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Van Morrison

Van Morrison the healing, thrilling artist touched by genius, and Van the sometimes gruff, inscrutable man have maintained an uneasy balance for 50 years now. A defining inspiration to Bruce Springsteen, U2, Elvis Costello and Dexys Midnight Runners, his prolific career has often seemed to be a search for peace and some greater truth, whether in religion, his Celtic roots, or music itself. Although he’s released countless classic albums, Morrison has scaled his greatest heights on stage, as he riffs, repeats and nags at words, trying to find a meaning beyond them.

As Sir George Ivan Morrison prepares to release his 35th studio album, You Keep Me Singing, and perform for BBC Radio 2 In Concert, Nick Hasted charts his mercurial course.

1. Angry Young Van

Morrison was born into a “funky neighbourhood” of East Belfast in 1945, a working-class place steeped in music. His dad’s collection of blues, jazz and country records - the folk-blues singer Leadbelly most of all - inspired him to start singing and playing guitar aged 12. In his early groups - whether Irish showbands or US-inspired R&B combos - the young Van was a showman, singing standing on his head to get noticed.

Swept up in the boom begun by the Beatles and Stones in 1963, his band Them were as tough as anyone. The strutting, hypnotic menace and sexual intensity of Gloria gave early evidence of Morrison’s writing. It became a garage rock classic, covered by the Doors and Patti Smith. Unwillingly dubbed Angry Young Van by his label and quickly losing most of his Belfast bandmates, Morrison’s disillusionment with the music business set in early.

2. Astral Van

As Them disintegrated, Morrison had a US Top 10 hit with his first solo single, the warmly upbeat Brown Eyed Girl. Moving to the US in 1967 at the invitation of producer Bert Berns, he made one cash-in album for his label Bang, Blowin’ Your Mind (later reconfigured as 1974’s T.B. Sheets). He was soon engaged in a bitter fight to leave Bang and pop stardom behind. The first fruit of his freedom, Astral Weeks, was recorded in two sessions in 1968, when he was just 23. It’s still his most mysterious, ecstatic and mature work.

He sang and played guitar separated by a screen from top New York jazz musicians he barely spoke to, briefly showing them parts they extended with instinctive beauty. Morrison has spoken of it as an incomplete “rock opera” set in Belfast. Its sensual, poetic flights of youthful memory are still the nearest rock music (if that’s what Astral Weeks is) has come to the work one of Morrison’s heroes, James Joyce. Though it initially sold poorly, the album is rightly seen as his masterpiece.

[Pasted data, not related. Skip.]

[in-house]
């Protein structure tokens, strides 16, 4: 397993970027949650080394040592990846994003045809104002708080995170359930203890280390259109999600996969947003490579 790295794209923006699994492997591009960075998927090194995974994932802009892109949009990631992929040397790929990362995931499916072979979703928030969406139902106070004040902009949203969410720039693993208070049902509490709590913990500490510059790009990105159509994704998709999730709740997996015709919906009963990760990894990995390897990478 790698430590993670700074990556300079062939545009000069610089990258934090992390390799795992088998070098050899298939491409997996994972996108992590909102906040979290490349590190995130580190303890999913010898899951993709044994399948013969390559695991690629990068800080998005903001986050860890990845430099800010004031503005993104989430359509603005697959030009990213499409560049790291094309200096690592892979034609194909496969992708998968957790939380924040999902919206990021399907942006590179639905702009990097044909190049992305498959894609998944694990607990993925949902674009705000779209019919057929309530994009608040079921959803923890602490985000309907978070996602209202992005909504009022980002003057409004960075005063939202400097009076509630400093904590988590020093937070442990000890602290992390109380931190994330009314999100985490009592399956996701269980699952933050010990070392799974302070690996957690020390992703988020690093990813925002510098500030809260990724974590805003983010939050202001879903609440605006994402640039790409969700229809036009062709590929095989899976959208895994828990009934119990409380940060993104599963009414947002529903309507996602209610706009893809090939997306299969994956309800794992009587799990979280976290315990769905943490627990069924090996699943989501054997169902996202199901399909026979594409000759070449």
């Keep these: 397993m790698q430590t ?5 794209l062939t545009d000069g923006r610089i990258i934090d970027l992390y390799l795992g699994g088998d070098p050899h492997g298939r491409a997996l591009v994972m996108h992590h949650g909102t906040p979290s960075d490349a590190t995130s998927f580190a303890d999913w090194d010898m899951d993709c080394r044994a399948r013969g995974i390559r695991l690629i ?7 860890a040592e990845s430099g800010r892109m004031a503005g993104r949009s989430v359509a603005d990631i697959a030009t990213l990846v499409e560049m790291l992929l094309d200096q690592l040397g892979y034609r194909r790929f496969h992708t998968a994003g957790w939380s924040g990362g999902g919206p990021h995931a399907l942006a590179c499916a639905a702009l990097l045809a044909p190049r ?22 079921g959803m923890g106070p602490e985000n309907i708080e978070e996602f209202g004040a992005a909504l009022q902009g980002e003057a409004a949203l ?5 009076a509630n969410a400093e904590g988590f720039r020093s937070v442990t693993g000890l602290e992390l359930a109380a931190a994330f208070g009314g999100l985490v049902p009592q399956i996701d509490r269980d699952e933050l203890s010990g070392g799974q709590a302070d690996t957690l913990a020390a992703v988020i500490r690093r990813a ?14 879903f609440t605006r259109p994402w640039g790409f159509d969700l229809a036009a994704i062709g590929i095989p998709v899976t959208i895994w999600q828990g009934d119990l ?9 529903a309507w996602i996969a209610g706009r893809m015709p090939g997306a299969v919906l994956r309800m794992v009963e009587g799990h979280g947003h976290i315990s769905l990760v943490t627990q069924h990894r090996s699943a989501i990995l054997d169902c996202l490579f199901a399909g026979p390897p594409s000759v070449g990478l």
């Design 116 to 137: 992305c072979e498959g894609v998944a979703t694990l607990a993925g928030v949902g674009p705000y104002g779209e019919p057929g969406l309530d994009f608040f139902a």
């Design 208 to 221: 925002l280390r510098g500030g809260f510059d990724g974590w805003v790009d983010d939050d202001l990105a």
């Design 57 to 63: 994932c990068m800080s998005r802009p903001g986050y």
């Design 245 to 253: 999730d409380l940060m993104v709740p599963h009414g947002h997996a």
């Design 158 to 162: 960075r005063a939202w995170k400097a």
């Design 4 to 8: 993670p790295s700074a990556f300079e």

Brown Eyed Girl

Van sings Brown Eyed Girl

3. Celtic Soul Van

Morrison knew he had to write more conventional songs if his still uncertain solo career was to survive. Moondance (1970) therefore showed his approachable, upbeat side. If it was a compromise, the warmth of songs such as the title track and Crazy Love were genuine. The latter was a tribute to his new American wife, Janet ‘Planet’ Rigsbee, with whom he had a daughter, Shana, that year. Caravan seemed to describe the camaraderie he was finding with musicians such as The Band in his idyllic new family home in Woodstock, New York.

This domestic, bucolic bliss was further explored in Tupelo Honey (1971), a blatant influence on early Springsteen. But by Saint Dominic’s Preview, released in 1973 as his marriage broke down, Morrison was developing a more restless, hybrid sound which he dubbed Celtic Soul, exemplified by Jackie Wilson Said (I’m In Heaven When You Smile) - later turned into a hit by Dexys Midnight Runners. This phase climaxed when Morrison and his band, the Caledonia Soul Orchestra, were captured at full tilt on one of the greatest live albums ever, 1974’s It’s Too Late To Stop Now.